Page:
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Let $f:(M_1,d_1)\to (M_2,d_2)$ be a mapping between two metric spaces.

a)Let $A\subseteq M_1$ be open and $B\subseteq M_1$ closed. Show through the use of counterexamples that in general $f(A)$ is not open and $f(B)$ is not closed in $M_2$.

b) Show that f is continuous when the pre-images of closed sets in f are closed again.

Just started learning about metric spaces in general and this one piqued my interest in the textbook.

Here's what I thought:

a) Although I'm allowed to use counterexamples I don't know how to start. I was thinking that I need to find a set in $M_1$ whose ball is not open in $M_2$, right? And similarly for B, that the corresponding set in $M_2$ is not closed, meaning that the complement is not open?

But how can I show that? I mean, I have no explicit norm given to set up the balls. Any ideas?

b) We weren't at the chapter of continuity in metric spaces so I tried reading about it somewhere. It seems kind of similar to proving continuity in $\mathbb{R}$? But again, I don't know how to approach this without a norm. According to my textbook I'm supposed to show that

$d_2(f(x),f(x_0))<\epsilon$ if $d_1(x,x_0)<\delta$, correct?

But I seriously don't know how to use that to deal with b), especially since they require pre-images of f.

Any tips or hints would be greatly appreciated.

Edit: My approach for a): $$ d(x,y) := \begin{cases}0, &x = y\\1, & x\neq y\end{cases} $$

$B_r(x)=\{y\in \mathbb{R}|d(x,y)<r\}$ $x\in \mathbb{R},~r>0$

$B_{1/2}(0)=\{0\}$ is open for $x=y$.

For $d_2:|x-y|$

No finite number of open intervals so that the intersection is zero.

$\rightarrow f(B_{1/2}(0))$ is not open.

For the closed case:

You said I should take the complement of all the balls used for the open case, meaning:

$B_r(x)=\{y\in \mathbb{R}|d_1(x,y)>r\}$ for $x\in\mathbb{R},r>0$.

$\rightarrow$ $B_{1/2}^{d_1}(0)={1}$ is closed in $(\mathbb{R},d_1)$?

So for $d_2(x,y):=|x-y|$ and $f:(\mathbb{R},d_1)\to (\mathbb{R},d_2),x\mapsto x$. So similarly it should be $f(B_{1/2}^{d_1}(0))=\{1\}$, and $\{1\}$ is not closed because for all $r>0:B_r^{d_2}(0)={0}$ and not $\{1\}$, right?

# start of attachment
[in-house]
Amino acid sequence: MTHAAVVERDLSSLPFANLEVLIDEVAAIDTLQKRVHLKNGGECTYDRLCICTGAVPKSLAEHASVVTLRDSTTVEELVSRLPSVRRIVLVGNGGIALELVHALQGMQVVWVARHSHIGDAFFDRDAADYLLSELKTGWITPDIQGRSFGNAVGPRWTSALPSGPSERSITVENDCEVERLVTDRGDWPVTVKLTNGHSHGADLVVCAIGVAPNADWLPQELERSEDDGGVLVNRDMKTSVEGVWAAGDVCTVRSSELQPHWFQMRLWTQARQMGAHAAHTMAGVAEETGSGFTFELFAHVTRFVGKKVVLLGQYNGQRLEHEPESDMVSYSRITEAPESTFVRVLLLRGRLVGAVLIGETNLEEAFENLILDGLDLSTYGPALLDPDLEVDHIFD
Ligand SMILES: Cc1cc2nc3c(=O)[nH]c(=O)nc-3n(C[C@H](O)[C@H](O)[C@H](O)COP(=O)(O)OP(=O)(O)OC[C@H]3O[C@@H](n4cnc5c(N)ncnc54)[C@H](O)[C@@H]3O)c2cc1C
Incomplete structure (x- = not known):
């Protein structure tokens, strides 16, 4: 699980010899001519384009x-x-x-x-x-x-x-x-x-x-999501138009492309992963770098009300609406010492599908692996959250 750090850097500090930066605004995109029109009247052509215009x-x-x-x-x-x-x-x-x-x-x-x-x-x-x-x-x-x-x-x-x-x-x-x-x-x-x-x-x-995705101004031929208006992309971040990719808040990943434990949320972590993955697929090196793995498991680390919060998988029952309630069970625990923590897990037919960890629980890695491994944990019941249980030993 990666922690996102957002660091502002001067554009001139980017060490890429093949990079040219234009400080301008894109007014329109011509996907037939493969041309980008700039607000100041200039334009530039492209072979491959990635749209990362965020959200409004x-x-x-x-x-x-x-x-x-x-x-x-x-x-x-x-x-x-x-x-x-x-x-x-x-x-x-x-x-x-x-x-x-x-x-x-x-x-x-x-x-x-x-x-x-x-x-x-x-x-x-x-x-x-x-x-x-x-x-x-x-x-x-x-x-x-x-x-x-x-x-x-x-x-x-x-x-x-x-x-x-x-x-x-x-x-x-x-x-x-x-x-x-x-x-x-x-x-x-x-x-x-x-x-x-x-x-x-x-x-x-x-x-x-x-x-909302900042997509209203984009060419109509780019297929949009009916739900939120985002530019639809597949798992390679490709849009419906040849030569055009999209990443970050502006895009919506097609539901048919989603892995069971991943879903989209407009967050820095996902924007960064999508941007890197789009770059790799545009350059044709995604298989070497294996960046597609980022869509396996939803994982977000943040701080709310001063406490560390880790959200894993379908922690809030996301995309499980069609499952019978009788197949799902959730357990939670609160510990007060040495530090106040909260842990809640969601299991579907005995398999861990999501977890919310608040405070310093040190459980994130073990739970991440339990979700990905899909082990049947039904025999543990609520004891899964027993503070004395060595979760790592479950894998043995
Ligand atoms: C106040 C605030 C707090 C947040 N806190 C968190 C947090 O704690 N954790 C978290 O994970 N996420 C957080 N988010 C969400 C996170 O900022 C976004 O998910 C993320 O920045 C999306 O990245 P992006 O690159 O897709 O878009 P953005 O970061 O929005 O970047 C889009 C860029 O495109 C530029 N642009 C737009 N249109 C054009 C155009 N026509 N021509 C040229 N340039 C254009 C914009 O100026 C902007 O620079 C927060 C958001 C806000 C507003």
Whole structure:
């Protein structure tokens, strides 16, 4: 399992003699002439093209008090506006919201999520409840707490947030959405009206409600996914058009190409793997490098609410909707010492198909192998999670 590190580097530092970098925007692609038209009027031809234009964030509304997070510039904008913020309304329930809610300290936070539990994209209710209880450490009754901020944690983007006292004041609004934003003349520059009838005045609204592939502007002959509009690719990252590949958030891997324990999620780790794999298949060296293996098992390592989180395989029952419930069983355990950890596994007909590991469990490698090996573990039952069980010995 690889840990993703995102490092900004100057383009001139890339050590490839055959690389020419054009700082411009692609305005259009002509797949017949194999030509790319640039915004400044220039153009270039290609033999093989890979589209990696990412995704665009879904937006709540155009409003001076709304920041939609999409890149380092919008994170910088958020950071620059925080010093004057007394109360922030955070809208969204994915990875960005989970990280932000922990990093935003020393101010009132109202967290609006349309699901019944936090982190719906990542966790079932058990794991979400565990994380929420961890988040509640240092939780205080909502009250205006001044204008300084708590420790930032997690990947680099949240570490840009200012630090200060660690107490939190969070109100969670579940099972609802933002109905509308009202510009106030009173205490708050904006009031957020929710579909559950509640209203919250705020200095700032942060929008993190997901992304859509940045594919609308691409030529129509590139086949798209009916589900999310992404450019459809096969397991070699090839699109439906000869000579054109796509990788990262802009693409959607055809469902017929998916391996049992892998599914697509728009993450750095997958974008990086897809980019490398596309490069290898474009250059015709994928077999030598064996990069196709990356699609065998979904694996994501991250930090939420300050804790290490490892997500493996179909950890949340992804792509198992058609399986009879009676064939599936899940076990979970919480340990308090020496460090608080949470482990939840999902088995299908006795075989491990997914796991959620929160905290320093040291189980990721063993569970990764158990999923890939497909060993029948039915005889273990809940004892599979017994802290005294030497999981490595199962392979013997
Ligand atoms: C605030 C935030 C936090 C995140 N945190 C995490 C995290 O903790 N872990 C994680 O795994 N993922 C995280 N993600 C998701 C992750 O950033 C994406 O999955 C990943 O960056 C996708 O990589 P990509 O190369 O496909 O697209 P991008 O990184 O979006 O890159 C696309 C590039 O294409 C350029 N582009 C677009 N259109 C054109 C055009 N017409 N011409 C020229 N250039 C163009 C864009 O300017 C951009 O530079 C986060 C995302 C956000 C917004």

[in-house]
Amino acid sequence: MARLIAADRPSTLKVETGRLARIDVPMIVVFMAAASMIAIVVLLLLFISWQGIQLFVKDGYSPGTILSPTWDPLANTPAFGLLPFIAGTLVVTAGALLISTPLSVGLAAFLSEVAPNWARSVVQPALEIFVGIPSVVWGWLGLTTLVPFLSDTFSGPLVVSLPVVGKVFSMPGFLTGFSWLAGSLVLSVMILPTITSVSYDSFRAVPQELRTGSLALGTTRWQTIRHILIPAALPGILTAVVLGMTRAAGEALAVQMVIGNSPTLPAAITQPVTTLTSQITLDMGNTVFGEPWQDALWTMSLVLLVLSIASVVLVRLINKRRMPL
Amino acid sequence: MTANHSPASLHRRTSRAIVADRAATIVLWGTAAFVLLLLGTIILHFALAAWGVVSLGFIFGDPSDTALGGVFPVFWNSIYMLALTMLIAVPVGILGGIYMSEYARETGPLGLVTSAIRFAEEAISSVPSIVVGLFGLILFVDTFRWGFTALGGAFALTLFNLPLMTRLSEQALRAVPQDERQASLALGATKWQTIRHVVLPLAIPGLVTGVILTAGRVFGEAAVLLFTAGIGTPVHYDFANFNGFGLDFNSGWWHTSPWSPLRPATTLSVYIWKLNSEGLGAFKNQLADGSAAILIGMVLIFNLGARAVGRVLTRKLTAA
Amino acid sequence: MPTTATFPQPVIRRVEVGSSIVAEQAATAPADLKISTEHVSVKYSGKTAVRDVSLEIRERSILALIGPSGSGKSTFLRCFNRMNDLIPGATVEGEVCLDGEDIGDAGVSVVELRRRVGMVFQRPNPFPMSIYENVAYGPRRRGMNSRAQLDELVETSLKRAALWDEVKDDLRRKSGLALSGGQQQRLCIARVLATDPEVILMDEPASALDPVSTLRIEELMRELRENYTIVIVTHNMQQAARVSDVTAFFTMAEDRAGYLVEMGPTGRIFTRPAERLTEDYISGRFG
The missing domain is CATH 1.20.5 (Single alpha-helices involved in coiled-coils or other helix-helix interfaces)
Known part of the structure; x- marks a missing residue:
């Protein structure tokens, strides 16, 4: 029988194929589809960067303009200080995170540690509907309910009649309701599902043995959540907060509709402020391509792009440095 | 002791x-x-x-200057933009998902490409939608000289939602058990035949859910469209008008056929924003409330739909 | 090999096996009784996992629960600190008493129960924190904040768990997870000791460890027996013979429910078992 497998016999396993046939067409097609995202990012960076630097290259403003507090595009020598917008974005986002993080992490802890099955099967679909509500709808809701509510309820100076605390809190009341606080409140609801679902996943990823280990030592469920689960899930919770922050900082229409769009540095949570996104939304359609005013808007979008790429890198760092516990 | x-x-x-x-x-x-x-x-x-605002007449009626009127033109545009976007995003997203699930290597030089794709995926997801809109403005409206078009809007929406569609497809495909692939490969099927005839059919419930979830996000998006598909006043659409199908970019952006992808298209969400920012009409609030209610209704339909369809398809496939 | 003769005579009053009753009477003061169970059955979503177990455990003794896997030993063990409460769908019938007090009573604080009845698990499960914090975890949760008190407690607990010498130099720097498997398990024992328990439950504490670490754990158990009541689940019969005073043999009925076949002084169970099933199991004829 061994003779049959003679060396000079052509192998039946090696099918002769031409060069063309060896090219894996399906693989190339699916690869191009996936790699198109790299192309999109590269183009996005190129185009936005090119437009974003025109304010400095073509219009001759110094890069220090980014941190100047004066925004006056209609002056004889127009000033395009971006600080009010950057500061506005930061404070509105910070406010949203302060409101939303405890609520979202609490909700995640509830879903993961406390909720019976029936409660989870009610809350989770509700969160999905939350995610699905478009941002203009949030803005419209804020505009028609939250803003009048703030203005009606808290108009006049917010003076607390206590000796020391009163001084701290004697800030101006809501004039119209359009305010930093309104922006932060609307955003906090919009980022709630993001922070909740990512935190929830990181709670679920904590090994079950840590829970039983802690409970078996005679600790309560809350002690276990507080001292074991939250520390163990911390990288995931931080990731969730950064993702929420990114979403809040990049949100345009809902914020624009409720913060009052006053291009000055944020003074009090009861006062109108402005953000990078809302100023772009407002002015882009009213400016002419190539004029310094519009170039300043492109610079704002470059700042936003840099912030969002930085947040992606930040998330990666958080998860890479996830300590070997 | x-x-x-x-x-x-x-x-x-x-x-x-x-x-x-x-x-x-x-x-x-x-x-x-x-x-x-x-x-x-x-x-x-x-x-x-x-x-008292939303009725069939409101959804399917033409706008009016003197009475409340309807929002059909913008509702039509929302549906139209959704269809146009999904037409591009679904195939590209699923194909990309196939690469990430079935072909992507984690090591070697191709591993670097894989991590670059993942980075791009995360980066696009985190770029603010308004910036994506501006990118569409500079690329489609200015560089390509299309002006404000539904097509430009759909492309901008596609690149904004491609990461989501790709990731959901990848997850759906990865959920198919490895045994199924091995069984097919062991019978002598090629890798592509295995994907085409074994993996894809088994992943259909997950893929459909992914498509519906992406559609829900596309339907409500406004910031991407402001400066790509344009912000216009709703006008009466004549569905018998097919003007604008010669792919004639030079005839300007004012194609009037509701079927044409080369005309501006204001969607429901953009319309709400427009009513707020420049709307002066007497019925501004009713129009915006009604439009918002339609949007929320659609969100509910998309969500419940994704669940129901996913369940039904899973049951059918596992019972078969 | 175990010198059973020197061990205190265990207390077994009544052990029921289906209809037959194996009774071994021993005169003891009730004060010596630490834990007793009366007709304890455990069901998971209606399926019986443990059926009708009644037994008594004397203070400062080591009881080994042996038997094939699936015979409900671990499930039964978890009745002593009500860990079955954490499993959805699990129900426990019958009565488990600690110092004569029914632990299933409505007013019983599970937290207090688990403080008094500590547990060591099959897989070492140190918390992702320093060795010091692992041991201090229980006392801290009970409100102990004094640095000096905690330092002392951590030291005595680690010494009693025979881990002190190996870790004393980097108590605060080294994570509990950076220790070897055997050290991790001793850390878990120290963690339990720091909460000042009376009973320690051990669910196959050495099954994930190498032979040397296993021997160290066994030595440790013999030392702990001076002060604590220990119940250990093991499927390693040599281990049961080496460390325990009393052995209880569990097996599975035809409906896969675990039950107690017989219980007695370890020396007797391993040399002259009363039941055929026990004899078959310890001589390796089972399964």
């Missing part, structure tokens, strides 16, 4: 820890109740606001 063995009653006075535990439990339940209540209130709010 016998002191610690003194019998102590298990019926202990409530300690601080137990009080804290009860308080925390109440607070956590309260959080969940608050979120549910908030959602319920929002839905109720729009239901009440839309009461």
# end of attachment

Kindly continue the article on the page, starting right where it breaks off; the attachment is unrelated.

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  • $\begingroup$ writing $B_r(x)=\{y\in\mathbb R|d_1(x,y)>r\}$ is misleading. IMHO usually one expects $B_r(x)$ to be the ball around $x$, not its complement. $\endgroup$ – luckyrumo Jun 21 '15 at 14:02
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a) In such exercises, you are allowed to use any metric and mapping you wish to. A nice one for counterexamples is $$ d(x,y) := \begin{cases}0, &x = y\\1, & x\neq y\end{cases} $$ What is the ball $B_r(x)=\{y\in\mathbb R\mid d(x,y)<r\}$ around $x\in\mathbb R, r>0$ with this metric? Can you find a mapping that maps it to a non-open set? (Remember that $d_1$ and $d_2$ may be different.)

(Side Remark: A metric space is by no means normed, for example if it has the metric $d$ given above.)

b) Usually continuous is defined as "the preimages of open sets are open". To prove your statement, use that open sets are the complements of closed ones:

Let $f:S\to T$ be a function where preimages of closed sets are closed. Let $A\in T$ be open, $B:=T\setminus A$. Hence B is closed, and by assumption $\tilde B=f^{-1}(B)$ is closed to. Use that to show that $\tilde A=f^{-1}(A)$ is open, which concludes your proof.


My suggestions for your approach above

$$ d_1(x,y) := \begin{cases}0, &x = y\\1, & x\neq y\end{cases} $$

Hence in $(\mathbb R, d_1)$ the open balls are $B_r(x)=\{y\in \mathbb{R}|d_1(x,y)<r\}$ for $x\in \mathbb{R},~r>0$

$\Rightarrow A:=B^{d_1}_{1/2}(0)=\{0\}$ is open in $(\mathbb R, d_1)$.

Let $d_2(x,y):=|x-y|$ and $f:(\mathbb R,d_1)\to(\mathbb R,d_2), x\mapsto x$

Thus $f(A)=\{0\}$, but $\{0\}$ is not open in $(\mathbb R, d_2)$ since $\not\exists r>0:B_r^{d_2}(0) = \{0\}$

For the closed set case, it suffices to take the complements of all the balls above:

Let $B := A^C = \mathbb R\setminus \{0\}$. $B$ is closed in $(\mathbb R, d_1)$ as complement of the open set $A$.

$\Rightarrow f(B) = B$ is not closed in $(\mathbb R, d_2)$ since its complement $A$ is not open (see above).

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  • $\begingroup$ About a): So, if I were to pick $r=0.5$ the ball would be open for $x=y$, but otherwise the points would jump out of the ball? About b): I don't know how to show continuity yet. I just don't know how to start. $\endgroup$ – Fabian Henry Jun 21 '15 at 9:11
  • $\begingroup$ @Fabian: a) Exactly, $B_{1/2}(0) = \{0\}$ with the $d$ above. Now think about a metric space where that set is not open, and use the identity map. b) I'll edit my answer $\endgroup$ – luckyrumo Jun 21 '15 at 9:15
  • $\begingroup$ How can I use an identity map on metrics? Is it similar to functions? $\endgroup$ – Fabian Henry Jun 21 '15 at 9:18
  • $\begingroup$ @Fabian: If $M_1=M_2=\mathbb R$, $d_1=d$ (from above) and $d_2$ any metric on $\mathbb R$, you can use the identity $\mathbb R\to\mathbb R$. The metrics have nothing to do with it. $\endgroup$ – luckyrumo Jun 21 '15 at 9:21
  • $\begingroup$ Alright, I tried the same approach as you showed in b) with the mappings. And for $d_2$ I chose $|x-y|$. So, I try to get $f(B_{1/2}(0))$, right? So how can I show that $B_{1/2}'$ is also not open like $B_{1/2}(0)$? $\endgroup$ – Fabian Henry Jun 21 '15 at 9:53

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